We enter a dream-like state on "Idiota - Autoritratto (Tadzio's Death)". And just like many dreams, it's simultaneously wondrous and mysterious (or maybe 'mystifying' is a better word). We then get the return of Frioli on drums with "Ho Gettato mio Figlio da una Rupe perche non Somigliava a Fabrizio Corona", effectively contrapuntal in its irregularity to the vocals. This is our first of two mini-epics, as I'd call it, this one lasting 12 minutes. This is more or less the sort of feeling that I look for from Avant-Prog. We are thrown to and fro here, from a seemingly mocking children's song to a hilariously irreverent folk tune. The latter (lasting for longer than expected) was certainly a shock, and for the better! As the folk number falls away, the song slips into what I can only describe as 'nightmare' [a very specific term used to describe a female horse you might encounter after dusk /s], achieved by a great variety of voices--some tortured and anguished, others taunting my ignorant, English-speaking ears haha--constantly overlapping one another. Feels like a false equivalence perhaps, but this maybe reminded me of maudlin of the Well(?); I feel I'm once more slightly off base.

The spook continues with "Sabbia scura", though it eases slightly in the middle with an increase in vocals. There's an interesting whipping sound, if I can try to describe it, the track otherwise being sans-percussion. On the minute-long track "Del mondo gli occhi (New Moses)", we get one of our few vocal features, Coucou Selavy, interestingly attributed in the liner notes as 'one thousand voices/theatre'. Beautiful and operatic. This acts pretty well as an introduction then to "Nyama (Gettarsi oltre)", itself introduced with some of the best vocal performances, in my opinion, and bombastic instrumentation comes in harsh attacks. This is our second so-called mini-epic at just over 10 minutes. Interestingly, perhaps, some of the 'group vocals' remind me of the specific arrangement style of one of my favorites, Native Construct. Guitar enters, reminding me of "Mood For a Day" off Yes's Fragile. Then we get some spanky sax! We get another vocal feature, but I wasn't sure who it was. Beautiful, regardless. Great duet. It sort of lost me in the second half: its sparseness [both in the song and the album as a whole], sharing in surprise(?) maximalism, often did it for me (but not so much here). "La Montagna e il Trono" certainly made it all aright to me. Vocals are great, and we get another violin performance, met with a sort of wild scurrying from the other underlying instruments. And finally we have "Out Let - Viae di (s)Phjga)". We get our final statement here from guitarist Stefano Ferrian, and a fantastic way to go out. The orchestration as well was notable. Sort of a general effect found in the work of John Zorn or Trey Spruance (the quieter moments from his Secret Chiefs 3 project came to mind).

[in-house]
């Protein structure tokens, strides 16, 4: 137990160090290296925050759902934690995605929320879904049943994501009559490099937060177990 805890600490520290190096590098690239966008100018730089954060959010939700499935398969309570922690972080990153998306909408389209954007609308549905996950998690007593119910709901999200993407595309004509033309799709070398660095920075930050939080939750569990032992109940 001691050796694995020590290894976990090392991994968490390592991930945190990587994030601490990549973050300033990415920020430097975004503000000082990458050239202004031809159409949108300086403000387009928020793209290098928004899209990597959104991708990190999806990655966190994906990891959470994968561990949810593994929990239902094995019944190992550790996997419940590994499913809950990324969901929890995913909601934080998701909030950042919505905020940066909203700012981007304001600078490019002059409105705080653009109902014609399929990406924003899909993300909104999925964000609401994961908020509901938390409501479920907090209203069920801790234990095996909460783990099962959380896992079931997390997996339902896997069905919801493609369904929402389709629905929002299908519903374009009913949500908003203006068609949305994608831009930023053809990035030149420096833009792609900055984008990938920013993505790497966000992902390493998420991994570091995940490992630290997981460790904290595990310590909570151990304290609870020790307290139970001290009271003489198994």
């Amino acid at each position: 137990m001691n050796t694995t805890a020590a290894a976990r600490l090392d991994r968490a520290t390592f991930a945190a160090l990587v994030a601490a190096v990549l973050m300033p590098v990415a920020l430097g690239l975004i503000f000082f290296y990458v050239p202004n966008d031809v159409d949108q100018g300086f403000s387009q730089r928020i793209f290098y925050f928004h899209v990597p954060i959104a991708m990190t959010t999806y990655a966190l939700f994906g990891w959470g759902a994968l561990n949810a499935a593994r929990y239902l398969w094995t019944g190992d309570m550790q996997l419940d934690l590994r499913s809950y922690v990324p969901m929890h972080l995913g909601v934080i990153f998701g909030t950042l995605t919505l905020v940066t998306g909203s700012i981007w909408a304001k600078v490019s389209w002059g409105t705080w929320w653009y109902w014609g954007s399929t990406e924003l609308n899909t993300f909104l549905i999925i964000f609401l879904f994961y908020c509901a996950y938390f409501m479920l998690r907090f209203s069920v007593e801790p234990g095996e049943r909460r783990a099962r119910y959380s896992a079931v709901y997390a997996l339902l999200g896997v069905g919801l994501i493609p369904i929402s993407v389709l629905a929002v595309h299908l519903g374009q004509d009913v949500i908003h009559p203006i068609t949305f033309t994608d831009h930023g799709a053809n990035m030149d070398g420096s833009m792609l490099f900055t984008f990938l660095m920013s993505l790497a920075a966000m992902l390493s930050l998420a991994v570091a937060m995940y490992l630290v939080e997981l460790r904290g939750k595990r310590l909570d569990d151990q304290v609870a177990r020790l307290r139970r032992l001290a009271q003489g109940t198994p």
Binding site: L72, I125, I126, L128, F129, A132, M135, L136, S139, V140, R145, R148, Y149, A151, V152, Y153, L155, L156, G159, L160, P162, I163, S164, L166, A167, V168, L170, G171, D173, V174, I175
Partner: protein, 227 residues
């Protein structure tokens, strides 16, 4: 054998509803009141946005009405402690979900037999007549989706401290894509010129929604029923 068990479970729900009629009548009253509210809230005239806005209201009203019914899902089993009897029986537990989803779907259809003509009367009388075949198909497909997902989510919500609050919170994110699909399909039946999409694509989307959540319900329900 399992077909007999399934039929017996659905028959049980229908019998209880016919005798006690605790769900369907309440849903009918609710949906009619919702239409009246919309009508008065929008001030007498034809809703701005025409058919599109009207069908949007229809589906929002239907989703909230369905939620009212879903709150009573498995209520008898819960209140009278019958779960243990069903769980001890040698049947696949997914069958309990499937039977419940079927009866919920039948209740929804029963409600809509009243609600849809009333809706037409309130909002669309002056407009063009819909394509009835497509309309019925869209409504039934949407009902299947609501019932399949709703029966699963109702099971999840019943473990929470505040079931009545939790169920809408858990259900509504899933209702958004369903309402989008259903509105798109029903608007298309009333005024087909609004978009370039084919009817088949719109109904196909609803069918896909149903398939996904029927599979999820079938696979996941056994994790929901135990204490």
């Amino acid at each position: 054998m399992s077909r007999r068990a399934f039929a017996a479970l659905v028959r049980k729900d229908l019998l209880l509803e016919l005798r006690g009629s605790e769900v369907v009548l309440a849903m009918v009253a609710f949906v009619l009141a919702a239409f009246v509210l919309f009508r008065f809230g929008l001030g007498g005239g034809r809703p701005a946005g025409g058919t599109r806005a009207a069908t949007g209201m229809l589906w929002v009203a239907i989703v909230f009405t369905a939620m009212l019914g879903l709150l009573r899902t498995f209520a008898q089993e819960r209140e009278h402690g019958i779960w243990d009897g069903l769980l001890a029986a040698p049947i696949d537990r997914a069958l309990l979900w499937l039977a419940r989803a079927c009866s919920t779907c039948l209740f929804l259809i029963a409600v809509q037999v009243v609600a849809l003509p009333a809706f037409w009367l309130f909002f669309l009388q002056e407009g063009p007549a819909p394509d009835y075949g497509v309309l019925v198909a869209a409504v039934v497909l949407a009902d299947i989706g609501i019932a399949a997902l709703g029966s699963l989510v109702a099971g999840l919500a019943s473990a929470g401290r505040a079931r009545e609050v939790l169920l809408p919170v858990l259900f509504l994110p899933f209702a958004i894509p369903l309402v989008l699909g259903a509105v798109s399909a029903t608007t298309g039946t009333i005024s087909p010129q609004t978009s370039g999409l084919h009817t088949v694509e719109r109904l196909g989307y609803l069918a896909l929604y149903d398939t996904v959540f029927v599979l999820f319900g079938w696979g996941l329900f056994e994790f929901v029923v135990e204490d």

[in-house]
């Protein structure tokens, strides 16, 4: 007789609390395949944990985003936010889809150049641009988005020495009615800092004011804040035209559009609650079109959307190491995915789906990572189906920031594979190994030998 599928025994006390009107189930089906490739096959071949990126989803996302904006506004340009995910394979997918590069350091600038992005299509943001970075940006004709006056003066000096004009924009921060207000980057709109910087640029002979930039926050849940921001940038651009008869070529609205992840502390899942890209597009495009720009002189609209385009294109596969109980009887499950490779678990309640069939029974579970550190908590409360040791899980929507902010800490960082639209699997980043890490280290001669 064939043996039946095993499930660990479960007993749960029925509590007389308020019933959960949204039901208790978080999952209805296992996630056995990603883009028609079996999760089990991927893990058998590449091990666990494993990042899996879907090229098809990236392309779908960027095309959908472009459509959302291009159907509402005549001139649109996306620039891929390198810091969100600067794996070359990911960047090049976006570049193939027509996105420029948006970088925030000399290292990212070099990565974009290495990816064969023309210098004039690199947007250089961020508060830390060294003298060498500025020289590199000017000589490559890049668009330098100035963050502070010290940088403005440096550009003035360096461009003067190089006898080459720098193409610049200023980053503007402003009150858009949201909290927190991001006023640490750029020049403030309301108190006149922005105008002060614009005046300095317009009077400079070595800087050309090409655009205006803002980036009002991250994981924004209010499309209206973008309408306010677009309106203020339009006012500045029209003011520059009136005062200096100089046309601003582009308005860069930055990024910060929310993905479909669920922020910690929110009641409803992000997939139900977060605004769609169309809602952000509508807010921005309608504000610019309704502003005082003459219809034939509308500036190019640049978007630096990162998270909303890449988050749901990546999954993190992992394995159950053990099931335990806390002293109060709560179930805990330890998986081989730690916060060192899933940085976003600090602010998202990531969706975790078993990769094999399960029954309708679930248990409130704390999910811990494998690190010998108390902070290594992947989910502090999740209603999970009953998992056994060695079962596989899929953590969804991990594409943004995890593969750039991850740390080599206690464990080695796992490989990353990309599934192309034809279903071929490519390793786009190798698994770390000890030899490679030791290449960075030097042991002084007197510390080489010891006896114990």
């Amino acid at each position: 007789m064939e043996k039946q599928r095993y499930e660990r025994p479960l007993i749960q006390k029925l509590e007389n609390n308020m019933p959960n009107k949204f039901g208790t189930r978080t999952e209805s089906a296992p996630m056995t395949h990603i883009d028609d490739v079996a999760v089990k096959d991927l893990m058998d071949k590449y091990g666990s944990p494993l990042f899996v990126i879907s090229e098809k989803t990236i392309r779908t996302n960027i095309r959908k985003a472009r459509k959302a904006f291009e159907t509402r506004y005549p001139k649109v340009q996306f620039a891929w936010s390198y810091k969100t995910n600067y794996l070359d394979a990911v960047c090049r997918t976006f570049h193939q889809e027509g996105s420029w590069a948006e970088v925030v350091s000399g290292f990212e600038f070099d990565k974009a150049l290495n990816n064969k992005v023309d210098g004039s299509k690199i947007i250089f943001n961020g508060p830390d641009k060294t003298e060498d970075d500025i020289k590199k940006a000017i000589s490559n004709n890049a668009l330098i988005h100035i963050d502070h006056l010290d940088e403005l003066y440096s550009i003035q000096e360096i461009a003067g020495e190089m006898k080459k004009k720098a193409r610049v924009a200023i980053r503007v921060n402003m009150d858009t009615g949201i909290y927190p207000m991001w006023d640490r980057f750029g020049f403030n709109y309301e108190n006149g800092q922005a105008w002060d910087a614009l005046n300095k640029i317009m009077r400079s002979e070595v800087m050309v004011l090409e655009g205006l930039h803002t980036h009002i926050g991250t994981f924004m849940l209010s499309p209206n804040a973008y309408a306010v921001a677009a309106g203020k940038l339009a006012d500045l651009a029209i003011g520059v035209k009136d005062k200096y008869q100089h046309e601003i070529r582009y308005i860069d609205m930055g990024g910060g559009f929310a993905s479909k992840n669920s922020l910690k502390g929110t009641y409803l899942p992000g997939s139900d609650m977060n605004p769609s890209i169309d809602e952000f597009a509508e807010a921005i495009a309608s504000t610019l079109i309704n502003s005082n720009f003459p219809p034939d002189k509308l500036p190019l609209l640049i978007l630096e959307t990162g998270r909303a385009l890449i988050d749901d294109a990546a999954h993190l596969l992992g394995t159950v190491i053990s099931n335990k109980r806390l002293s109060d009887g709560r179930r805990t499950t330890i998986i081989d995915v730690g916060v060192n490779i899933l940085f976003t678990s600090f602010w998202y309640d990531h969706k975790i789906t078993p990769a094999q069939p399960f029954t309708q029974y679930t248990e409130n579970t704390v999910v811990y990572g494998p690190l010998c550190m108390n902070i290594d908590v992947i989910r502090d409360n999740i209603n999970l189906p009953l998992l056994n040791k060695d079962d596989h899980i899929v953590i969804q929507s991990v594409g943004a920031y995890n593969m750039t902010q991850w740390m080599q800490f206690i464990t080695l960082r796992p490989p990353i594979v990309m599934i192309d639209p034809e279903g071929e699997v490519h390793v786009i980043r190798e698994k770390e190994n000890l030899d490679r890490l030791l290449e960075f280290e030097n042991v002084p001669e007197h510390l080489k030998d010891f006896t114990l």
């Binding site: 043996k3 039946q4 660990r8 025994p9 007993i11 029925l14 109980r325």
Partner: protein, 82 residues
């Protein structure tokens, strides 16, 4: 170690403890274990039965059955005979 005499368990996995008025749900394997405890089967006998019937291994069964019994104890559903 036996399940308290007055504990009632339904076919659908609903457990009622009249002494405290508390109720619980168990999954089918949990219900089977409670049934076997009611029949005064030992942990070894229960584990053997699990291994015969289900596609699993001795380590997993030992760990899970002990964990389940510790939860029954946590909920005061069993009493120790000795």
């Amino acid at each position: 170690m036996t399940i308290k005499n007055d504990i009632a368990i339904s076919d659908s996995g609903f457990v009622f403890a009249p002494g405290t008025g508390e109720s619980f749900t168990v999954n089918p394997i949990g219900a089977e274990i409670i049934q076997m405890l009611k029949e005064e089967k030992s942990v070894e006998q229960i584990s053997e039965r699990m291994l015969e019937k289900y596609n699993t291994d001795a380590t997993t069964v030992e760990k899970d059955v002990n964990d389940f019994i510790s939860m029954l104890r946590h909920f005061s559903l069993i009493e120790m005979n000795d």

Overall, a striking release, highly cohesive in feeling and in its quality from track to track. Can't wait for the next one. Cheers!

DangHeck | 4/5 |